- Programs & Services
Data analytics can help us understand the course of disease, decide best way forward
The COVID-19 pandemic has presented extraordinary challenges for our nation and for those across the globe. Although the health care community is making promising progress in our fight against the virus, there’s still a lot we don’t yet know about the disease.
Can people become re-infected? What causes some individuals to be at higher risk than others? When will a vaccine be developed, or effective therapeutics be found? These are just several questions that remain unanswered — and this uncertainty is taking its toll.
From an economic standpoint, we’re seeing an unprecedented rise in furloughs, with more than 30 million Americans filing for unemployment benefits as of April 30. Our food production and supply chain are changing, too, and consumers are increasingly relying on delivery services to meet their needs.
The pandemic is also causing added isolation, stress, and anxiety. With so little known about COVID-19, people are unsure about the health of their loved ones, the longevity of their jobs and whether their kids will be returning to school in the fall. Health care professionals are grappling with the day-to-day care of their patients, while simultaneously preparing for a potential ‘second wave’ of the virus. And legislators are under pressure to determine how, and when, to reopen the country and economy safely.
Yet despite the mounting uncertainties, there’s an important tool we can leverage to gain more control over the current pandemic: Data.
In this period of ambiguity, data provides the knowledge and assurance the health care industry needs to understand where we are in the course of the outbreak, decide how to best help patients and, ultimately, guide us toward a way forward.
That’s why CVS Health has turned to data analytics with the goal of keeping the people we serve healthy and helping to flatten the curve.
Proactive Outreach to At-Risk Members
Since the outbreak reached the U.S., we’ve developed a new patient risk tool to help clinical and member service teams at Aetna, a CVS Health company, identify members at the highest risk for contracting COVID-19. The unique tool, which utilizes data from published clinical studies, Aetna claims data and publicly available COVID-19 tracking information, helps locate customers who live in areas with large numbers of COVID-19 cases and have medically complex conditions like diabetes and heart disease. This information directs the allocation of our telemedicine offerings, nurse case management and other patient resources to where they’re needed most.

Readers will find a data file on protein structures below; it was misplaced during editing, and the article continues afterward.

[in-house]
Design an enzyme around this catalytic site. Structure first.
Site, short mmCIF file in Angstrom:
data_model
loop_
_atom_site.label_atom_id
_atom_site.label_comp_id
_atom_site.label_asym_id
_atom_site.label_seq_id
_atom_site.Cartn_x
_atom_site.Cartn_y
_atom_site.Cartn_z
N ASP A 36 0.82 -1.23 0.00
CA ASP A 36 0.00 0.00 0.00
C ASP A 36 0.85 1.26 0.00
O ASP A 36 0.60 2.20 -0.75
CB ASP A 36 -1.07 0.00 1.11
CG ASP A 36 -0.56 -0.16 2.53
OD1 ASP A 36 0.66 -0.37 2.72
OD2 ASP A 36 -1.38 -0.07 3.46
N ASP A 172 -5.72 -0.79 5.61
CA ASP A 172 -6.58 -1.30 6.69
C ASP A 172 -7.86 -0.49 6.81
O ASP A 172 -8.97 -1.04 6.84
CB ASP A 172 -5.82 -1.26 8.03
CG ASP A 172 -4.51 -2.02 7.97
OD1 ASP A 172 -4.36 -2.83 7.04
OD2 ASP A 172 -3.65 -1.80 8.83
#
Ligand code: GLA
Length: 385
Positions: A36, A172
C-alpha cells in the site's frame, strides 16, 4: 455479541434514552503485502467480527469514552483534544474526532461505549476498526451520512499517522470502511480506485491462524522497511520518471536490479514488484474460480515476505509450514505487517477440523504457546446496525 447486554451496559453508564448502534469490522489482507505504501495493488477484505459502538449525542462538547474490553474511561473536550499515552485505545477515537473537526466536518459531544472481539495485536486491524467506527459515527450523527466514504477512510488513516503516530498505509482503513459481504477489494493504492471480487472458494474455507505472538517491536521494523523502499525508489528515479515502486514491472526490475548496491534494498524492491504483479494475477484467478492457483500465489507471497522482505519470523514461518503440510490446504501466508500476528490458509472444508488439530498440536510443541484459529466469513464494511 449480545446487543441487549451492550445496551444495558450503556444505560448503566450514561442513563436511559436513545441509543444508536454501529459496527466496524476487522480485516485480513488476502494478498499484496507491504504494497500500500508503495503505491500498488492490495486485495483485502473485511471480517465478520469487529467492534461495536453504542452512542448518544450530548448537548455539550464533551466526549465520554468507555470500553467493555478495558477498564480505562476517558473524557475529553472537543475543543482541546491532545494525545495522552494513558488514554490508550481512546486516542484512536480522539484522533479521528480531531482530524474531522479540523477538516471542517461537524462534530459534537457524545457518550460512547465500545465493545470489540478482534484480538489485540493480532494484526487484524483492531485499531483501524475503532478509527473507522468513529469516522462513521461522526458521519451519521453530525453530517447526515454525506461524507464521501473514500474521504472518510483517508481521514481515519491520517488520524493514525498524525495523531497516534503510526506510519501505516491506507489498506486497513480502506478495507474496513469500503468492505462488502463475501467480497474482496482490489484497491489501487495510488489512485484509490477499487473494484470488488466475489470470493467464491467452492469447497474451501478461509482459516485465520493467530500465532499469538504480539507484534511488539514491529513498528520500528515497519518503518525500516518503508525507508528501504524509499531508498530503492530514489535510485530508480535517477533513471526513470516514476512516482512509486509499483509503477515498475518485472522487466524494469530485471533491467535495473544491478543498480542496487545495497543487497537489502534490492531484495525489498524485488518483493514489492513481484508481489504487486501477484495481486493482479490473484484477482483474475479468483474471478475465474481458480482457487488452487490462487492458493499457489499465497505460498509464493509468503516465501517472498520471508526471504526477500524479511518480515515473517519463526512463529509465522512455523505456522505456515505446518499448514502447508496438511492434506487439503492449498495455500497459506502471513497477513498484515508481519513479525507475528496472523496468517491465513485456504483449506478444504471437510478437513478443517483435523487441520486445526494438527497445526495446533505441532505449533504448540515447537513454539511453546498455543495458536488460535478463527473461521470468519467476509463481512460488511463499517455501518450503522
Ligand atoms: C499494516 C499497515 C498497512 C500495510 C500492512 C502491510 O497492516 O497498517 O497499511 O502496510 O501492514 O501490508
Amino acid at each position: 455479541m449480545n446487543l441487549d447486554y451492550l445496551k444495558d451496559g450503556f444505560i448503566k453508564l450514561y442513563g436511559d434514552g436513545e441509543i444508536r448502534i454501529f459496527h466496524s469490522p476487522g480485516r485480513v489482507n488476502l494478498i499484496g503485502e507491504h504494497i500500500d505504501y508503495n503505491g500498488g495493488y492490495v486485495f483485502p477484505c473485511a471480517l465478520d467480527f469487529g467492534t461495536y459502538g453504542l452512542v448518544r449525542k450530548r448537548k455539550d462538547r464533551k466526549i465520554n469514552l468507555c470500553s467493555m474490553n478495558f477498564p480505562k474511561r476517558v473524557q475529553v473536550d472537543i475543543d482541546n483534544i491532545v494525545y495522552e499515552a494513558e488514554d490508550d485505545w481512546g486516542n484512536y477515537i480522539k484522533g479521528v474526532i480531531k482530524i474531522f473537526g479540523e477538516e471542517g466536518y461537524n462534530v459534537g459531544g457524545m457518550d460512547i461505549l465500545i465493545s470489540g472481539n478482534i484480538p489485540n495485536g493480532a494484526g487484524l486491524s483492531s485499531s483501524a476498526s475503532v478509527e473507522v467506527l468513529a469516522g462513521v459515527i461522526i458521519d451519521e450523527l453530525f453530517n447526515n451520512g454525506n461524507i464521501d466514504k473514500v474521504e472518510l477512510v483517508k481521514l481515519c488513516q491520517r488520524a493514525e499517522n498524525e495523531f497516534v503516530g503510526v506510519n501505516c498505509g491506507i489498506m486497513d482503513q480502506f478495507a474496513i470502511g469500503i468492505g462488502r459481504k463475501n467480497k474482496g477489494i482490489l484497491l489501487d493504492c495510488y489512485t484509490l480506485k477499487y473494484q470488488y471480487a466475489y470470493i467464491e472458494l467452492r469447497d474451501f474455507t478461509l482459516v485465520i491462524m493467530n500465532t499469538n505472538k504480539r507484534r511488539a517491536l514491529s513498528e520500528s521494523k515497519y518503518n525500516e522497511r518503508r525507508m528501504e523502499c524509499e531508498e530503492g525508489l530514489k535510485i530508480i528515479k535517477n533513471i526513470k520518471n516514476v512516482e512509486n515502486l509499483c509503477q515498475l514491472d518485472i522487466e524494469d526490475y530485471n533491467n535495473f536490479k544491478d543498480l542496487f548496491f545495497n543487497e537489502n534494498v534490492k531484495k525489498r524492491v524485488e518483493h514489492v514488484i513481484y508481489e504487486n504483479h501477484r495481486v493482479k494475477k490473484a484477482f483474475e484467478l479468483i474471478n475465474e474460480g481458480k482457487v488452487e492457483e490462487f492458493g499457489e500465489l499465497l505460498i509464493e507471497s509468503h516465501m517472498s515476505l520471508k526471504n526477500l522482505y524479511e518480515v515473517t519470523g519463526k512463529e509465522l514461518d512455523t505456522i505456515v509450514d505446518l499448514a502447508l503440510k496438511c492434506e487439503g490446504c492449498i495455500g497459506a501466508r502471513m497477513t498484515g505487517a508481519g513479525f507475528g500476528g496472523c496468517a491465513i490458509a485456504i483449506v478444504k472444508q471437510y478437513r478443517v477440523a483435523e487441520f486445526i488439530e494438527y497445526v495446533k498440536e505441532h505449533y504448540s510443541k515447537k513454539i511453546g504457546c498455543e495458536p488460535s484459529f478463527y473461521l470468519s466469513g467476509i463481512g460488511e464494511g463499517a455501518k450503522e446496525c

We’re also expanding access to testing, which is the most important tool we have for managing the spread and extent of COVID-19. We’ve opened large-scale rapid testing sites in Connecticut, Georgia, Massachusetts, Rhode Island and Michigan. At all five of these locations, we’re using point-of-care testing that ensures patients receive their results within thirty minutes, thereby providing us with real-time data insights to inform our response to a rapidly evolving situation.
Additionally, we’re enhancing testing capabilities in areas with the greatest unmet need. Our newest site in Dearborn, Michigan, is establishing equitable access to testing in underserved communities that are being disproportionately impacted by the pandemic.
Industry Knowledge Sharing
Taken together, the various data we’re collecting across the enterprise is extremely valuable for assessing when we’re beginning to turn the tide on tackling the disease. But what makes real progress possible is the ability to effectively act on this data through industry-wide collaboration.
As a New York City-based physician living in one of the hardest-hit regions of the country, I have been proud to witness the exceptional partnership occurring between scientists and clinicians worldwide during this time. Sharing learnings, best practices and evidence-based findings about COVID-19 is allowing us to develop a deeper understanding of the virus, glean new insights about the pandemic and how best to treat the infection, and support decisions about how to appropriately re-open our cities and states.
Looking ahead, I’m hopeful that this pairing of data insights with a heightened level of clinical collaboration may be our new normal, both in the management of future diseases as well as broader issues facing our health care system. By collaborating with a common purpose in mind, I not only believe we can overcome this pandemic, but that we will also emerge on the other side as a stronger, more unified health care community.
Originally published on LinkedIN Pulse